In response to backlash for portraying gay characters in a children's book, Telgemeier replied by saying she is "grateful Scholastic has been willing to stand behind me on Drama."[20] She also believes that "sexuality is a part of your identity that doesn't necessarily apply to what you are doing with other people when you are eight or nine years old," and that she doesn't attempt to force her viewpoints on anyone.[2] She explained that her "agenda is love and friendship. People will make of it what they will and I can't let that sway the things I believe and the things I write about."[2] Telgermeier continues to say "If a chaste heterosexual kiss had happened in Drama, no one would have batted an eye", meaning to discuss the double standard of the objections to this novel.[11] This idea is consistent with other sources and praises for Drama such as The Gazette and Brownstein, that fully support the normalization of homosexual relationships, and also support her deliverance in the form of a graphic novel for this subjectively more mature theme.


In 2012, Drama was declared a Notable Children's Books and Teen Top Tens by the Association of Library Services to Children (ALSC) and the Young Adult Library Services Association (YALSA), which are all as part of the American Library Association.[21]

Both Publishers Weekly[22] and the Washington Post[23] claim Drama to be one of the Best Books of 2012.

Also in 2012, NPR noted Drama as a novel that went under-recognized.[24] In the NPR book review, Glen Weldon explained how, "If somebody handed this book to [him] in the seventh grade, [he] still would have been the same self-conscious jerk [he is], but it would have helped. It would have helped so much."[24]

NPR also named Drama a "5 Great Summer Reads for Teens" in 2013.[25] Petra Mayer, on NPR, described the artwork in the novel as "...simple but animated, and delightfully expressive."[25]

Drama also won a 2013 Stonewall Book Award in Children's and Young Adult Literature, an award given by the American Library Association that serves to recognize authors who tackle LGBTQ related topics.[26]

Drama was nominated for a Harvey Award in 2013 by a group of comic-book professionals for excellence in comics.[27] The Harvey Award is one of the most prestigious and oldest accomplishments within the comic industry.[28]

Also in 2013, the American Library Association deemed Drama as a Top 10 Great Graphic Novels for Teens.[29]

Drama was placed on the Rainbow List in 2013, which is an annual list of books that are reviewed by the Committee of the Gay, Lesbian, Bisexual, and Transgender Round Table of the American Library Association.[30]


  1. ^ a b Calhoun, Ada (2012-08-23). "'Drama,' by Raina Telgemeier". The New York Times. ISSN 0362-4331. Retrieved 2016-09-12.
  2. ^ a b c d "Interview: Raina Telgemeier on 'Drama' — Good Comics for Kids". Retrieved 2017-12-05.
  3. ^ a b c "Interview with Raina Telgemeier | Teenreads". Retrieved 2017-12-05.
  4. ^ a b c Goedhart, Bernie (March 23, 2013). "The drama of middle school". The Gazette. Retrieved May 2, 2019 via
  5. ^ Karen MacPherson, Scripps Howard,News Service. "Raina Telgemeier Goes for 'Drama' After Dental Pain of 'Smile'." Pittsburgh Post-Gazette (PA), 2012, NewsBank. Web.
  6. ^ a b c d "Using Graphic Novels in Education: Drama | Comic Book Legal Defense Fund". Retrieved 2018-11-22.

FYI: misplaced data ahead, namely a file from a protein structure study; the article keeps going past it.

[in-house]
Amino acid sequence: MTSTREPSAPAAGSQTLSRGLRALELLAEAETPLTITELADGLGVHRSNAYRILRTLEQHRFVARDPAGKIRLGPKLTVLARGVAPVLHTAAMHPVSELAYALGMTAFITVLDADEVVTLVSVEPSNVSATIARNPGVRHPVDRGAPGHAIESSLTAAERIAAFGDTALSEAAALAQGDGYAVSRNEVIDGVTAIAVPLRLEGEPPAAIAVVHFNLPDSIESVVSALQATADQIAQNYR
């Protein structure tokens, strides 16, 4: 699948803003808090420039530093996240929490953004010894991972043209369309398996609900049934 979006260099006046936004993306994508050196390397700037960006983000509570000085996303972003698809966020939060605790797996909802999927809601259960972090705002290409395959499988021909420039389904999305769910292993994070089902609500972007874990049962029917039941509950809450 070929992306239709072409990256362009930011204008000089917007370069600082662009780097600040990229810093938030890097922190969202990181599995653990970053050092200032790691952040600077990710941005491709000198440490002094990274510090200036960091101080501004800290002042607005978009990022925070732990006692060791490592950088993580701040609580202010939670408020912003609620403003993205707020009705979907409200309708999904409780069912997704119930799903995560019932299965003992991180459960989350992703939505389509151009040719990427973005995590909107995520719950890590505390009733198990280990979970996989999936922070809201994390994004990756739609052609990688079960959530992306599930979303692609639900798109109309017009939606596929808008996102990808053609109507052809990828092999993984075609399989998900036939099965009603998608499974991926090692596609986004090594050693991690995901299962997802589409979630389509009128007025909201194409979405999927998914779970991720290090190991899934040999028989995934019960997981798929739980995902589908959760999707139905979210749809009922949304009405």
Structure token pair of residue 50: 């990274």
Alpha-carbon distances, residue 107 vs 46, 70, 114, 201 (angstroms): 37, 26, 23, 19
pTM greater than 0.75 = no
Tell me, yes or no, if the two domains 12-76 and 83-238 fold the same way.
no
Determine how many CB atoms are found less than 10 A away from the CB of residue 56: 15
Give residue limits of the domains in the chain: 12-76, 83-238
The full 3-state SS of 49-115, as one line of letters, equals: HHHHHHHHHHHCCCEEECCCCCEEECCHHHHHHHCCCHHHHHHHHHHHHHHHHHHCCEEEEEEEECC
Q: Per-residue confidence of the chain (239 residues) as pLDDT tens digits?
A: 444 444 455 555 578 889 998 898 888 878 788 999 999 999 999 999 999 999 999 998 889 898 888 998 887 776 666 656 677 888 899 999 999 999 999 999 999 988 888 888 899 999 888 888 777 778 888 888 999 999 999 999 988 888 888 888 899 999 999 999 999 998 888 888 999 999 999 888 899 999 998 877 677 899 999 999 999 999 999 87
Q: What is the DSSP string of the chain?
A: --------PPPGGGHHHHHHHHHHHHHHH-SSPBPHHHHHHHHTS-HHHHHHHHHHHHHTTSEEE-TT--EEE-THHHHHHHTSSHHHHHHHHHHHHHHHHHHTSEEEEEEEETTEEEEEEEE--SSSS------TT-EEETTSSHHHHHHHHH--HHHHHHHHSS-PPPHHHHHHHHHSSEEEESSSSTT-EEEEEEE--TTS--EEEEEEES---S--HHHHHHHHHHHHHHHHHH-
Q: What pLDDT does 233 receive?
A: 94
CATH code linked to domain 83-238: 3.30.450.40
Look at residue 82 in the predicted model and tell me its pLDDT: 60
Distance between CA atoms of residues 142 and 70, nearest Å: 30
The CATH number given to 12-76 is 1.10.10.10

7. ^ a b c d e f g h i Berland, Eti (2017), "The Drama of Coming Out", Graphic Novels for Children and Young Adults, University Press of Mississippi, pp. 205–217, doi:10.2307/j.ctv5jxmqd.17, ISBN 9781496811714
  8. ^ a b c d e f g h i j Abate, Michelle Ann (2016-12-01). ""Springtime in the South is Like a Song in My Heart": Raina Telgemeier's Drama, the Romanticization of the Plantation South, and the Romance Plot". Children's Literature in Education. 48 (4): 355–377. doi:10.1007/s10583-016-9299-x. ISSN 0045-6713.
  9. ^ "Drama". Publisher Weekley. Retrieved 16 February 2016.
  10. ^ "Summary/Reviews: Drama /". Buffalo & Eerie County Public Library. Retrieved 2016-09-12.
  11. ^ a b c d Alverson, B. (2017). "Just another day in an LGBTQ comic". School Library Journal, 63(05), 38.
  12. ^ a b c Cavna, M. (2018). "Rock-star YA author Raina Telgemeier will publish the graphic memoir 'Guts' next fall"
  13. ^ "Top Ten Frequently Challenged Books Lists of the 21st Century". American Library Association. Retrieved 18 February 2016.
  14. ^ a b "Banned Books". ACLU of Texas. 2015-09-27. Retrieved 2016-09-12.
  15. ^ a b c "Drama Banned Again in Texas, ACLU Report Shows | Comic Book Legal Defense Fund". Retrieved 2018-12-05.
  16. ^ "Case Study: Drama". Comic Book Legal Defense. Retrieved 17 February 2016.
  17. ^ "What Do We Know About the Frequently Challenged Comics of 2014? | Comic Book Legal Defense Fund". Retrieved 2018-12-05.
  18. ^ "Banned Books". ACLU of Texas. 2015-09-27. Retrieved 2017-11-13.
  19. ^ "Drama - Book Review". Common Sense Media. Retrieved 2016-09-12.
  20. ^ Cavna, Michael. "'Persepolis,' 'Saga' and 'Drama' among 'Most Challenged' books in U.S. libraries". The Washington Post.
  21. ^ admin (1999-11-30). "Notable Children's Books - 2018". Association for Library Service to Children (ALSC). Retrieved 2018-12-04.
  22. ^ "Best Books of 2012". Publishers Weekly. Retrieved 2018-12-04.
  23. ^ Cavna, Michael (November 16, 2012). "Top 10 graphic, comic novels of 2012". The Washington Post. Retrieved December 4, 2018.
  24. ^ a b "Graphic Novels That Flew Under The Radar In 2012". Retrieved 2018-12-04.
  25. ^ a b "School's Out: 5 Great Summer Reads For Teens". Retrieved 2018-12-04.
  26. ^ "Stonewall Book Award List". American Library Association. Retrieved 18 February 2016.
  27. ^ "Drama". GoRaina. Retrieved 16 February 2016.
  28. ^ "Homepage - The Harvey Awards". Retrieved 2018-12-04.
  29. ^ JFINNEKE (2013-01-30). "Great Graphic Novels Top Ten 2013". Young Adult Library Services Association (YALSA). Retrieved 2018-12-05.
  30. ^ "2013 Rainbow Book List". Rainbow Book List. Retrieved 2018-12-05.
This page was last edited on 31 October 2019, at 08:26